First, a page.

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Why are hard drive companies investing in DNA data storage?

DNA may enable computation in storage on massive data sets.

The research community is excited about the potential of DNA to function as long-term archival storage. That’s largely because it’s extremely dense, chemically stable for tens of thousands of years, and comes in a format we’re unlikely to forget how to read. While there has been some interesting progress, efforts have mostly stayed in the research community because of the high costs and extremely slow read and write speeds. These are problems that need to be solved before DNA-based storage can be practical.

So we were surprised to hear that storage giant Seagate had entered into a collaboration with a DNA-based storage company called Catalog. To find out how close the company’s technology is to being useful, we talked to Catalog’s CEO, Hyunjun Park. Park indicated that Catalog’s approach is counterintuitive on two levels: It doesn’t store data the way you’d expect, and it isn’t focusing on archival storage at all.

A different sort of storage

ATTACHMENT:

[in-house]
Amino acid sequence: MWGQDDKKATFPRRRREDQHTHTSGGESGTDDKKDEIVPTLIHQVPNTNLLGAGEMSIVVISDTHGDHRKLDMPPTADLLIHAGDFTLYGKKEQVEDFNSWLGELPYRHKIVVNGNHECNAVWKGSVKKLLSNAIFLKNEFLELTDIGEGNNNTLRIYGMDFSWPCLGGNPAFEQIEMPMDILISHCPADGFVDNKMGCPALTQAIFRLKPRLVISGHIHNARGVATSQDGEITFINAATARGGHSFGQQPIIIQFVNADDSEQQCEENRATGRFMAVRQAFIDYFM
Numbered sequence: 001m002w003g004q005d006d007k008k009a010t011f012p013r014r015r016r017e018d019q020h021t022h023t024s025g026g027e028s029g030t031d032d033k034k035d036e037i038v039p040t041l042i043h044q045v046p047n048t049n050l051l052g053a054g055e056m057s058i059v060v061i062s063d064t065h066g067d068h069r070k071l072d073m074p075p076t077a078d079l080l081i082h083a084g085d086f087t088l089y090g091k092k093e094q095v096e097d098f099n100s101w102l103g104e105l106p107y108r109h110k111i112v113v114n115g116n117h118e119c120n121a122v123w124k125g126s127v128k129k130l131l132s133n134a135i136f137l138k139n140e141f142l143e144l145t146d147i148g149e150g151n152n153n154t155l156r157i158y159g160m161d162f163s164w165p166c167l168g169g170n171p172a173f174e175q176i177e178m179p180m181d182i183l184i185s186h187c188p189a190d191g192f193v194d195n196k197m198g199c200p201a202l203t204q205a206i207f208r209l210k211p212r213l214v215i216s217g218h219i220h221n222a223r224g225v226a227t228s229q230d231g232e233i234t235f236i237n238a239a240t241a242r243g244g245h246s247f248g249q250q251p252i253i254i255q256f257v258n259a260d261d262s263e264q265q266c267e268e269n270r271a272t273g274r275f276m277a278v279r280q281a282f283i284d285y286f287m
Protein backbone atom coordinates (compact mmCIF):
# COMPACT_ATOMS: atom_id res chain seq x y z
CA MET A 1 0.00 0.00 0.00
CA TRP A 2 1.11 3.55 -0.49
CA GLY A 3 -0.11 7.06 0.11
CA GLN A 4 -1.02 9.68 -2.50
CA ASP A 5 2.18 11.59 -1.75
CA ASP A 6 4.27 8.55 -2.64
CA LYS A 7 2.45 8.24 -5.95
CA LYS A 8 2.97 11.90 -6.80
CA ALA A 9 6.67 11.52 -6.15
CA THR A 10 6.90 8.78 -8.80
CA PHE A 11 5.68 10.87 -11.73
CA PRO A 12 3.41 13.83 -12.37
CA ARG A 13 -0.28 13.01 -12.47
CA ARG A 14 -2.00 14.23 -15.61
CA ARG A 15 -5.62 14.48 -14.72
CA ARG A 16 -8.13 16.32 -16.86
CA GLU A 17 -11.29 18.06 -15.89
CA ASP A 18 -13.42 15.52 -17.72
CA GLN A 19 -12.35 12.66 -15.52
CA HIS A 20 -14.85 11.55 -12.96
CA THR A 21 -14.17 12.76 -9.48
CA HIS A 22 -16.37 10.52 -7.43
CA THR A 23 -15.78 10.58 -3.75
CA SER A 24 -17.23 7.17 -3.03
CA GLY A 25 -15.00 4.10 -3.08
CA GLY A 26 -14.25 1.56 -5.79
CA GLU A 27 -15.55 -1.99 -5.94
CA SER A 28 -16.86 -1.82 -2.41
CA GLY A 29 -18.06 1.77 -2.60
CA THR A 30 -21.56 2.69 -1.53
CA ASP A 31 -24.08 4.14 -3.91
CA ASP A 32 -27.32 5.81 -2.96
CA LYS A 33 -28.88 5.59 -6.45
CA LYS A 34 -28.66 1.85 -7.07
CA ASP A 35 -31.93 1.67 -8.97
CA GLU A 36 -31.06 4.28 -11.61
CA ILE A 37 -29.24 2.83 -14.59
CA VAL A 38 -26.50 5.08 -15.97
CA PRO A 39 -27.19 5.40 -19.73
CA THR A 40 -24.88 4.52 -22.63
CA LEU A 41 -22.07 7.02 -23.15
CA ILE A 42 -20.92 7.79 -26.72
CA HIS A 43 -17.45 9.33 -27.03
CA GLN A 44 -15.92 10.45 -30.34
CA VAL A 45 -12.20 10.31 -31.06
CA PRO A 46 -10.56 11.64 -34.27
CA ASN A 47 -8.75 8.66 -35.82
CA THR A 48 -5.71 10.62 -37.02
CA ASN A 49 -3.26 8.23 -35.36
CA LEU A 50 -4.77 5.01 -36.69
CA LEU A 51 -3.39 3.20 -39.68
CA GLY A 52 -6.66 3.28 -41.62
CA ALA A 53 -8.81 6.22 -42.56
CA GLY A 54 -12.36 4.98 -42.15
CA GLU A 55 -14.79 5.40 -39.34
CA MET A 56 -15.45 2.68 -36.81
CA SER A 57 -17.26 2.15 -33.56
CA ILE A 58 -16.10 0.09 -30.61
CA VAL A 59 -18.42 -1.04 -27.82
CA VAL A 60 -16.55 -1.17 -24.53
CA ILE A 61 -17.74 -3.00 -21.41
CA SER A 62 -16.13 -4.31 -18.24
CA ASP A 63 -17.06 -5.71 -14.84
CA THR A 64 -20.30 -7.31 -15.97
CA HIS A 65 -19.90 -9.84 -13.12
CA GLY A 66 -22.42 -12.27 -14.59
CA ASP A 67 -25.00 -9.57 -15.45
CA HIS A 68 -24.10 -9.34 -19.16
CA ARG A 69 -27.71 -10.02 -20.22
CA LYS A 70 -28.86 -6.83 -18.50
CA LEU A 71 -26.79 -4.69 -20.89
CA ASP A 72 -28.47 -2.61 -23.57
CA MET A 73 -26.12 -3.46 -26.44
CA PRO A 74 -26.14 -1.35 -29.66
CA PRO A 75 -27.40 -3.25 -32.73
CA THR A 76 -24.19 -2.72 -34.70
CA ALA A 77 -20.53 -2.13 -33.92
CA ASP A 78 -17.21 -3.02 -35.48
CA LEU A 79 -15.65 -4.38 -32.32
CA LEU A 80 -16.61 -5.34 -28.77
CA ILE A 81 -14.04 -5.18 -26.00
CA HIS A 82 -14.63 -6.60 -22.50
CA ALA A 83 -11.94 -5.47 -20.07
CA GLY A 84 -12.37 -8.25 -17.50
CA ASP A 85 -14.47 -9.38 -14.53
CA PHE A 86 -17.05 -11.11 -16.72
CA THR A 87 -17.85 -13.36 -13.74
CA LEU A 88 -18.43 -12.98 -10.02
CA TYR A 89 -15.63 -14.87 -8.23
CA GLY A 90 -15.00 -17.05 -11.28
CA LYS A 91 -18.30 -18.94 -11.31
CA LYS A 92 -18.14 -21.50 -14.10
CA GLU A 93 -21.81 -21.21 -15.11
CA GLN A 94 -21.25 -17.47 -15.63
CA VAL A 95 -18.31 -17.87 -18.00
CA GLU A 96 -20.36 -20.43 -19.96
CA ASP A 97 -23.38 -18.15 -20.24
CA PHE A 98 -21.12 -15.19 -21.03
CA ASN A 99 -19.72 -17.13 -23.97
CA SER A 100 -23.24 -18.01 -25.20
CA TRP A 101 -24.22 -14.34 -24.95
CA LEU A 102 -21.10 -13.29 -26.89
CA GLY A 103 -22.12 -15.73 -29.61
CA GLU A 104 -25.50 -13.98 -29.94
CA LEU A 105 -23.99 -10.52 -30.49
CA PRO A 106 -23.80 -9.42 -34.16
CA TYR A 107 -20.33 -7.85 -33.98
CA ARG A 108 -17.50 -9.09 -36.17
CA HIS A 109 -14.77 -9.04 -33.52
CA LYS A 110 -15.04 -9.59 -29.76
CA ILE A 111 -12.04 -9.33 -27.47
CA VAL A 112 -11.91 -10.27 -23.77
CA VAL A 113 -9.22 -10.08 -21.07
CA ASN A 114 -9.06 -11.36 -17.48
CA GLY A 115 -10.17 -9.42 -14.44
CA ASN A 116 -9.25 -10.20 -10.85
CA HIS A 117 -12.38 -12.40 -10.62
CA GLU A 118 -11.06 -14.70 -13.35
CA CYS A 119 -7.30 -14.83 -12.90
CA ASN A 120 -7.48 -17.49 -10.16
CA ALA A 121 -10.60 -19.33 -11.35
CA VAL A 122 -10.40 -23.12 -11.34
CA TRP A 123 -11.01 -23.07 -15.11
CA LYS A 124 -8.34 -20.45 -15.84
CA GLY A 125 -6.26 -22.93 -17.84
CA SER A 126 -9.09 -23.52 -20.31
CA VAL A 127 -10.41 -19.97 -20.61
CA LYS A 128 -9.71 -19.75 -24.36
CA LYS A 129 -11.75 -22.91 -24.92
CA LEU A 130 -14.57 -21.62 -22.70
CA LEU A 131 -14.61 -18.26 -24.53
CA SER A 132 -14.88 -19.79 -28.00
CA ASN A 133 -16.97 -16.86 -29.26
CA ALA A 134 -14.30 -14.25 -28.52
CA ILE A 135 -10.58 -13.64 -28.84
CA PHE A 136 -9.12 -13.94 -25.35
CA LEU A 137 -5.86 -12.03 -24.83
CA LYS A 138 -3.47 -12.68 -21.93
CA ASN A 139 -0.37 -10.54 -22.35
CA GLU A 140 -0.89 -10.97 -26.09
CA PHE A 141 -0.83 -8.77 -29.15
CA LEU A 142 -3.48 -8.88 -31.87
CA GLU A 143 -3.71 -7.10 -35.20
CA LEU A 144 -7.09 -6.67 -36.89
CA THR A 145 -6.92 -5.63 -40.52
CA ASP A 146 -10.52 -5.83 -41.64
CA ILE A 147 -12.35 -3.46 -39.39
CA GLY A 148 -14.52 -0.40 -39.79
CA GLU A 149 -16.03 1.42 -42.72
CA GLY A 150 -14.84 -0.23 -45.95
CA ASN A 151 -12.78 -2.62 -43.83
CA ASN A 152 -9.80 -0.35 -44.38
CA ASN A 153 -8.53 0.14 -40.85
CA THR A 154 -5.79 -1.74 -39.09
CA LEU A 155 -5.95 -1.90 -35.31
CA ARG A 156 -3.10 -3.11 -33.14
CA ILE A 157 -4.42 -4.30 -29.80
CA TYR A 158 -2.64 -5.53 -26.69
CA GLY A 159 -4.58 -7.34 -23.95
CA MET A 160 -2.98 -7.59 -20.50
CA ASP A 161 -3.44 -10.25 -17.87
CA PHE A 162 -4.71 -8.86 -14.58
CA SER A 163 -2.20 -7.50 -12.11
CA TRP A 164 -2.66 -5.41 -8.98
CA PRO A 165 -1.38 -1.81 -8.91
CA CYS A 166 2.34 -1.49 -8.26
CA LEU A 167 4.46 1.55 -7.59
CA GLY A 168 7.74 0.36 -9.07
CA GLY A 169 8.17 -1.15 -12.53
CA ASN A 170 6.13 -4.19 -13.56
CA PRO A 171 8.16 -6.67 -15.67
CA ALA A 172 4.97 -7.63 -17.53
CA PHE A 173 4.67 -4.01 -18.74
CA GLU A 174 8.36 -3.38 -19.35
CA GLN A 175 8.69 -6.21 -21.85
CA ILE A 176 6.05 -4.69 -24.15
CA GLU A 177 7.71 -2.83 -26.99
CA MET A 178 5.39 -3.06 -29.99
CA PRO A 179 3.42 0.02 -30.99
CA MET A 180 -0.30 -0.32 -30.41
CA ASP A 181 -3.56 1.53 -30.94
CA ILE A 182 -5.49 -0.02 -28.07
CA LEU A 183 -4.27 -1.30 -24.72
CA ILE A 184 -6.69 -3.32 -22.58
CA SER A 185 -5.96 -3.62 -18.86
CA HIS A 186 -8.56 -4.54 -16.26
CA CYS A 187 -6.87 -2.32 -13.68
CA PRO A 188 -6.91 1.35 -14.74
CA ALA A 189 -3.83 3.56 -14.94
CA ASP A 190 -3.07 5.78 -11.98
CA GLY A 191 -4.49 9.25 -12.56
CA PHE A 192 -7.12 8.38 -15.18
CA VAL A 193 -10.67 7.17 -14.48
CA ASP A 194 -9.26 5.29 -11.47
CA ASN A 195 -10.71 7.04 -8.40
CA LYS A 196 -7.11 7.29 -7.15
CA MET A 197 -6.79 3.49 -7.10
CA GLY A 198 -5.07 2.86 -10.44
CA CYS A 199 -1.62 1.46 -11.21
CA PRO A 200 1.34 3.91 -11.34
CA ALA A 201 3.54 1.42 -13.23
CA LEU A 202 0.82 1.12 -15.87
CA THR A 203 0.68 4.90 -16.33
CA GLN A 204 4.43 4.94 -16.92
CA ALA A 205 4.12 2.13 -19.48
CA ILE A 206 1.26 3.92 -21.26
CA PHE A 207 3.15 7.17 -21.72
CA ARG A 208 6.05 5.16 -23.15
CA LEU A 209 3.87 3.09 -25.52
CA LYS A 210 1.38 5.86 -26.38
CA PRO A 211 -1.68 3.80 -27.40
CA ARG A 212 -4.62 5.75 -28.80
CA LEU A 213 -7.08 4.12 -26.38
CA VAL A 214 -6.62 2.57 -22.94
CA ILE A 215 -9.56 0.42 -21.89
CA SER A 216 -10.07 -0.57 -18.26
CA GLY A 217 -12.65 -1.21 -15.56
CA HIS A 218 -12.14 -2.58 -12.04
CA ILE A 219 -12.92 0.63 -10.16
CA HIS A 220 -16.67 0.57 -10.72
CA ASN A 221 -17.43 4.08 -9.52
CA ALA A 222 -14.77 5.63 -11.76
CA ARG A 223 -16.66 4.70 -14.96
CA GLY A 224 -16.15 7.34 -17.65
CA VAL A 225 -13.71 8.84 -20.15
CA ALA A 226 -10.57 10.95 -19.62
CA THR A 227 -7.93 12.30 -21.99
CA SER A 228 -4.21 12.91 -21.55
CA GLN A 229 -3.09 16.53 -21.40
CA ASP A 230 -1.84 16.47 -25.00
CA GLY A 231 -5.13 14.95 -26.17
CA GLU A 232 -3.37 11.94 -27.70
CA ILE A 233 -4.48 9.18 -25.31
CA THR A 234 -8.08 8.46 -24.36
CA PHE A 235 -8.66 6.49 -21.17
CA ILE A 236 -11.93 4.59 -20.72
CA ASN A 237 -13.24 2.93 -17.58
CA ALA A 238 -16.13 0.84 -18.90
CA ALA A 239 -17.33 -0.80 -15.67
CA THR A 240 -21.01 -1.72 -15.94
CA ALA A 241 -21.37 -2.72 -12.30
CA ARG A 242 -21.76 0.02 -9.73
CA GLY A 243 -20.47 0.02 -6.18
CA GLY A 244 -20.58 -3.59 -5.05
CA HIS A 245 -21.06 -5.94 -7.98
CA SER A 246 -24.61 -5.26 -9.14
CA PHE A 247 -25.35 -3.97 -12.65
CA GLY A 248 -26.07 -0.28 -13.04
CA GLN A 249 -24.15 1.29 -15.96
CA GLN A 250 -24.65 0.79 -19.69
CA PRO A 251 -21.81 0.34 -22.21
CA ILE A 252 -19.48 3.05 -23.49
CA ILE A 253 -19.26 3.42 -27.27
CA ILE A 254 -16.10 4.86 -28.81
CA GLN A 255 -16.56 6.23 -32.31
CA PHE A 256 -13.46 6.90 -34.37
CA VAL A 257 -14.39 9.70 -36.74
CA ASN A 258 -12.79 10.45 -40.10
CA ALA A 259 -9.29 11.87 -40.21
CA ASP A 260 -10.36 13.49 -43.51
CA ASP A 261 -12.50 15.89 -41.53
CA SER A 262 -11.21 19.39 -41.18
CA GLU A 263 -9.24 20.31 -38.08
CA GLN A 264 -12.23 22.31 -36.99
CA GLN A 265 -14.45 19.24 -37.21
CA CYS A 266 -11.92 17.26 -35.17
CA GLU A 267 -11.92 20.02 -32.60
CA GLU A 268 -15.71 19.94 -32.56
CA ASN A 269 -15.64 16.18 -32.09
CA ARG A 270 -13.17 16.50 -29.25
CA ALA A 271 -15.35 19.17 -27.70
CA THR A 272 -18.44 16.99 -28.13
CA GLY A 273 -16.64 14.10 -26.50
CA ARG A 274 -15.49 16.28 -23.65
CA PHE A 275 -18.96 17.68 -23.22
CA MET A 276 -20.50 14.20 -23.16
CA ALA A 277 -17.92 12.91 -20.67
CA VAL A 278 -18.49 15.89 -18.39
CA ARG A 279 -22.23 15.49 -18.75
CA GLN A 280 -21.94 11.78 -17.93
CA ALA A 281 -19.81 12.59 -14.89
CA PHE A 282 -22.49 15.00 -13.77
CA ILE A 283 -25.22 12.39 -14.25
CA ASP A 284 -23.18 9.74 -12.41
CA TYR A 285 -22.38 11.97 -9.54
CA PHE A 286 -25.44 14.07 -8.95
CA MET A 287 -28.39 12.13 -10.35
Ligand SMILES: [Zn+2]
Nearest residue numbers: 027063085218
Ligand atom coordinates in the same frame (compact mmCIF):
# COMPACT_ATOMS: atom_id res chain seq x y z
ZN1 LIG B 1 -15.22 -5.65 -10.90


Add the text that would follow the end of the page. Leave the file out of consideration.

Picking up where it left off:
DNA is a molecule that can be thought of as a linear array of bases, with each base being one of four distinct chemicals: A, T, C, or G. Typically, each base of the DNA molecule is used to hold two bits of information, with the bit values conveyed by the specific base that is present. So A can encode 00, T can encode 01, C can encode 10, and G can encode 11; with this encoding, the molecule AA would store 0000, while AC would store 0010, and so on. We can synthesize DNA molecules hundreds of bases long with high efficiency, and we can add flanking sequences that provide the equivalent of file system information, telling us which part of a chunk of binary data an individual piece of DNA represents.

The problem with this approach is that the longer the string of bits is that you want to store, the more time and money it takes. Robotic hardware performs the synthesis reactions, and each hardware unit can only synthesize a single DNA molecule at a time. The raw materials the hardware uses to perform that synthesis also add a cost for each stored molecule. While this isn’t a concern for small-scale demonstration projects, the costs quickly become prohibitive if you start storing large amounts of data. Citing a DNA synthesis cost of about .03 cents per base, Park said, “.03 cents times two bits per base pair times, say, gigabytes—that’s a lot of money. That’s millions of dollars.”